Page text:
In 1986, a project was proposed under which the Lakhra Coal Mine was to be developed by the private sector while the corresponding Lakhra Power Generation Plant was to be operated by Wapda. However, in 1988, the government banned Wapda or any other public sector organisation from setting up oil-based thermal power plants, allowing such plants to be established only by the private sector, opening the door to huge corruption. This was done ostensibly under the pressure of the World Bank and proved to be the death knell for future industrial development in Pakistan. Corrupt leaders entered into contracts with foreign private companies and the cost of energy production rose sharply, crippling industry and commerce, while huge kickbacks were taken by those in power. Some of the rental power plants are producing electricity today at the preposterous rate of Rs50 or even higher per unit — the devastation that has followed in the industrial sector due to the criminal acts of a few has destroyed the very fabric of this country.

Pakistan should have expanded its hydroelectric power which has a potential of 46,000 MW and increased coal-based power plants. Coal contributes only about 7.3 per cent in the primary energy mix whereas in India, about 68 per cent of electricity is based on indigenous coal fired power plants. In China, 79 per cent and in South Africa, 93 per cent of electricity is from coal-based power plants. The criminal acts witnessed in the power sector have almost destroyed the country. The obsolete rental power plants acquired more recently are the most recent example. The growth of nuclear power plants has also fallen prey to international pressures. The power sector is only one of several that have been systematically destroyed.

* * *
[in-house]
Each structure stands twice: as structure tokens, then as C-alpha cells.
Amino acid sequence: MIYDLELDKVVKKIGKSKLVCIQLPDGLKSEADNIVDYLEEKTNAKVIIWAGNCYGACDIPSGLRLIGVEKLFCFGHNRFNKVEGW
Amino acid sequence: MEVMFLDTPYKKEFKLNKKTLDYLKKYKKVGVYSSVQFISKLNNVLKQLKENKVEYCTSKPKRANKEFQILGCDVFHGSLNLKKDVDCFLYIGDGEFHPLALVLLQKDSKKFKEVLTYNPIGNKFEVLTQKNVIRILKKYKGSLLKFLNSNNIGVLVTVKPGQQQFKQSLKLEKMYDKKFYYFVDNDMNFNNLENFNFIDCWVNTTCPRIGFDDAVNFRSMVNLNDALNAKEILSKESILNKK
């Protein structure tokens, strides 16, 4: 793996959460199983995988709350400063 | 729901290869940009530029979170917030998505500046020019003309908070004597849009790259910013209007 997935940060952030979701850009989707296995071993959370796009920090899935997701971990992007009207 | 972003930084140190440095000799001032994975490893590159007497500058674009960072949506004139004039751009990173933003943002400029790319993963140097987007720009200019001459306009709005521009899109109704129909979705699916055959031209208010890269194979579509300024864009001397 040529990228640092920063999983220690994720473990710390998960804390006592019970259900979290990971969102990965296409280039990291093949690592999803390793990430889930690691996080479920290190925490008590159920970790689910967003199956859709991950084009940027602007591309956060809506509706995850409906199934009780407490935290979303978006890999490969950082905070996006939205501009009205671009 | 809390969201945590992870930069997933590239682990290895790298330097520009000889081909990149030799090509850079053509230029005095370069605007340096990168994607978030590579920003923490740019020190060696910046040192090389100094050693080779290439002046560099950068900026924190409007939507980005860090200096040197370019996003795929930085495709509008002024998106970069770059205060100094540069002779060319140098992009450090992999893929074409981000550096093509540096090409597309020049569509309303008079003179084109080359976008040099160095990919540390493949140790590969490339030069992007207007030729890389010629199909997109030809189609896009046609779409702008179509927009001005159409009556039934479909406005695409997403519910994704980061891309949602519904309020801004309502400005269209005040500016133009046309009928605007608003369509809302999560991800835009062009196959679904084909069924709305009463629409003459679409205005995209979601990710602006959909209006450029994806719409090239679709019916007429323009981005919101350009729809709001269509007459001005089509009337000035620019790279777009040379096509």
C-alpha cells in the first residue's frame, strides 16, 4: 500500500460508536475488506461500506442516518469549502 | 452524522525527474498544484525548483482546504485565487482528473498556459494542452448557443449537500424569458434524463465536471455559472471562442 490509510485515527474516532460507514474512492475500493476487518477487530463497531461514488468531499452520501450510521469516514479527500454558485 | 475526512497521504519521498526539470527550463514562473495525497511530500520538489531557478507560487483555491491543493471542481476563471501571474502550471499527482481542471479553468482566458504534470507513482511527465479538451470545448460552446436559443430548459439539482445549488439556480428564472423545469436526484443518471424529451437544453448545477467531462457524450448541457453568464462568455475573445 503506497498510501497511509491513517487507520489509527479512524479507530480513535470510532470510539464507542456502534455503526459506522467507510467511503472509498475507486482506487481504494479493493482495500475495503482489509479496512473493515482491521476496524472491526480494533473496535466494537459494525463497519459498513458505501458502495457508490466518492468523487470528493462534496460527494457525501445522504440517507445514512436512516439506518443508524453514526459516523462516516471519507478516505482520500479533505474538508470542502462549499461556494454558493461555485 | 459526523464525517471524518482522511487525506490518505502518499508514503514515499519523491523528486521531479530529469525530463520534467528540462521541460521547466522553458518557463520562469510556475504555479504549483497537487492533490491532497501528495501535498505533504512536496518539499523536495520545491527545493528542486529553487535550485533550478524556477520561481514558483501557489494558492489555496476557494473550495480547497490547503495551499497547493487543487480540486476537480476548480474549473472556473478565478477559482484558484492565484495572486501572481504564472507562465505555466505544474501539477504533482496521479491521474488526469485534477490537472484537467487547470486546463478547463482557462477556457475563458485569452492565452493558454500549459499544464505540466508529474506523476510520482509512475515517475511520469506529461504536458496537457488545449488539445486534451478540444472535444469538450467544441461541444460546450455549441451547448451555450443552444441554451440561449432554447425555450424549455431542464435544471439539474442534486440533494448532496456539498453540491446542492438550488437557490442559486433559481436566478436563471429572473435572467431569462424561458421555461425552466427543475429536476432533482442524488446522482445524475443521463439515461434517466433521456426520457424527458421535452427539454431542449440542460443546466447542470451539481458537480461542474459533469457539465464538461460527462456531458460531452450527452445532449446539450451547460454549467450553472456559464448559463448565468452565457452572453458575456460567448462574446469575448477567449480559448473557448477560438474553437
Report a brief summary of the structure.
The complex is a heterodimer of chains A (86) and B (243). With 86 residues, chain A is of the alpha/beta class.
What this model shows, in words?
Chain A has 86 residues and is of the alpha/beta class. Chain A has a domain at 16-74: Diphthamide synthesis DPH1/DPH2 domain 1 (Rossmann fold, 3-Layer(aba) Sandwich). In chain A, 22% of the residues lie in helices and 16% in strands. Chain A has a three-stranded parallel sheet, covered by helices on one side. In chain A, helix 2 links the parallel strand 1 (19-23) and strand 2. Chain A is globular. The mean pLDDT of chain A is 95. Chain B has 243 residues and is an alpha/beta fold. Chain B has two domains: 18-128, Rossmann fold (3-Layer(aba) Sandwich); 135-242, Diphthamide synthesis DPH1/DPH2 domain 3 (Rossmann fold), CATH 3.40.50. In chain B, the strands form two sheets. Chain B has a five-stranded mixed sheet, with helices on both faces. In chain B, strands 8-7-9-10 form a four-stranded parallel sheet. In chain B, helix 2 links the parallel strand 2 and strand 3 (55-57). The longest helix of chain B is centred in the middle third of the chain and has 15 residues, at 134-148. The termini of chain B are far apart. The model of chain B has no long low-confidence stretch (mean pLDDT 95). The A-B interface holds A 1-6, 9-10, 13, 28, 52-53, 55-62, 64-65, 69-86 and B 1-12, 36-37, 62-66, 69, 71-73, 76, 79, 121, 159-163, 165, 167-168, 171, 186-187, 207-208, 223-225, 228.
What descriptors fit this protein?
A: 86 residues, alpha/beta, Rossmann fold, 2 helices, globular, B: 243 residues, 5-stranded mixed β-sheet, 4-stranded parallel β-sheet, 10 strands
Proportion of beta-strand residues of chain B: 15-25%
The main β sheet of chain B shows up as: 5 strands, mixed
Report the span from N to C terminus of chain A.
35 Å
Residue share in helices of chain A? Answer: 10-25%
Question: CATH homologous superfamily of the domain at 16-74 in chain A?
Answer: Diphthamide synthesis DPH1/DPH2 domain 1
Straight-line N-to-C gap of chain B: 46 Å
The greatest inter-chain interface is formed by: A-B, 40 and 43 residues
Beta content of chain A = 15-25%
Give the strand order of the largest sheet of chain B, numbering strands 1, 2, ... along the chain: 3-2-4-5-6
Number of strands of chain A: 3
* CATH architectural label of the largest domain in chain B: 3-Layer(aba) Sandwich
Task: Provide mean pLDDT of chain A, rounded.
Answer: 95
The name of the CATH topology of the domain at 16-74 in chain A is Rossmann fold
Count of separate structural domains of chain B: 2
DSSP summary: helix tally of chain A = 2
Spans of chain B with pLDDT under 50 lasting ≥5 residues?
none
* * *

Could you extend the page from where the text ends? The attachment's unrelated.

It has been shown over and over again that the present form of democracy just cannot function in a country where corrupt feudal landlords come into parliament and then into the cabinet. The result is that we spend only 1.7 per cent of our GDP on education, shamefully placing us among the bottom seven countries of the world. This ensures that about half the Pakistanis are illiterate and of the remaining half, most can barely sign their names. This ensures that feudal landlords can continue to come into power as the serfs under them are subjugated and illiterate. They then dance to the tunes of foreign powers in order to safeguard their vested interests and capital abroad.